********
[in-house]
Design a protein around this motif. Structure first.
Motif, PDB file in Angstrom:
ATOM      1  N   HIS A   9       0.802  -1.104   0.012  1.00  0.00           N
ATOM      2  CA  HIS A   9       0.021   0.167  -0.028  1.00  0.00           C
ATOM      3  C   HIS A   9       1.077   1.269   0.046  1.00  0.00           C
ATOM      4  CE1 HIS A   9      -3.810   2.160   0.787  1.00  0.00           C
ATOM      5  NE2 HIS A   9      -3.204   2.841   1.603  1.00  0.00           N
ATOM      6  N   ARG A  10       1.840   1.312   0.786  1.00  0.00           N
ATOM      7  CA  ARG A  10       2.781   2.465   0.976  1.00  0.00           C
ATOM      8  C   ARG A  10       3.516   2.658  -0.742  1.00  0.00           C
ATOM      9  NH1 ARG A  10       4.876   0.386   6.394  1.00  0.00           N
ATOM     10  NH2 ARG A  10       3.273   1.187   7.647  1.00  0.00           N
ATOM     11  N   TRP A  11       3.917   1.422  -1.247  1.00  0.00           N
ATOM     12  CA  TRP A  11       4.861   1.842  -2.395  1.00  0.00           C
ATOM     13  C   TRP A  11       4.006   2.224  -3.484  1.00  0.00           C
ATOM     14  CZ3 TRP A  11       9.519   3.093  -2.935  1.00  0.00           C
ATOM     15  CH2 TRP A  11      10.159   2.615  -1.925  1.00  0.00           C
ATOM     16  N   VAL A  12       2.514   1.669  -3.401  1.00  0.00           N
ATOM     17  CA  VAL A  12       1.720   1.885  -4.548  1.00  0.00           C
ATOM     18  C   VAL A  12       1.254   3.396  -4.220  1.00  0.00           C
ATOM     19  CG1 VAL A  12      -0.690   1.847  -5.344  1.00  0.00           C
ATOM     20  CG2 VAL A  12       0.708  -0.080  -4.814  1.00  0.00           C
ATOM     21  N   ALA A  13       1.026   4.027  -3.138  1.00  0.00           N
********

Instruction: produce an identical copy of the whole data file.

[in-house]
Design a protein around this motif. Structure first.
Motif, PDB file in Angstrom:
ATOM      1  N   HIS A   9       0.802  -1.104   0.012  1.00  0.00           N
ATOM      2  CA  HIS A   9       0.021   0.167  -0.028  1.00  0.00           C
ATOM      3  C   HIS A   9       1.077   1.269   0.046  1.00  0.00           C
ATOM      4  CE1 HIS A   9      -3.810   2.160   0.787  1.00  0.00           C
ATOM      5  NE2 HIS A   9      -3.204   2.841   1.603  1.00  0.00           N
ATOM      6  N   ARG A  10       1.840   1.312   0.786  1.00  0.00           N
ATOM      7  CA  ARG A  10       2.781   2.465   0.976  1.00  0.00           C
ATOM      8  C   ARG A  10       3.516   2.658  -0.742  1.00  0.00           C
ATOM      9  NH1 ARG A  10       4.876   0.386   6.394  1.00  0.00           N
ATOM     10  NH2 ARG A  10       3.273   1.187   7.647  1.00  0.00           N
ATOM     11  N   TRP A  11       3.917   1.422  -1.247  1.00  0.00           N
ATOM     12  CA  TRP A  11       4.861   1.842  -2.395  1.00  0.00           C
ATOM     13  C   TRP A  11       4.006   2.224  -3.484  1.00  0.00           C
ATOM     14  CZ3 TRP A  11       9.519   3.093  -2.935  1.00  0.00           C
ATOM     15  CH2 TRP A  11      10.159   2.615  -1.925  1.00  0.00           C
ATOM     16  N   VAL A  12       2.514   1.669  -3.401  1.00  0.00           N
ATOM     17  CA  VAL A  12       1.720   1.885  -4.548  1.00  0.00           C
ATOM     18  C   VAL A  12       1.254   3.396  -4.220  1.00  0.00           C
ATOM     19  CG1 VAL A  12      -0.690   1.847  -5.344  1.00  0.00           C
ATOM     20  CG2 VAL A  12       0.708  -0.080  -4.814  1.00  0.00           C
ATOM     21  N   ALA A  13       1.026   4.027  -3.138  1.00  0.00           N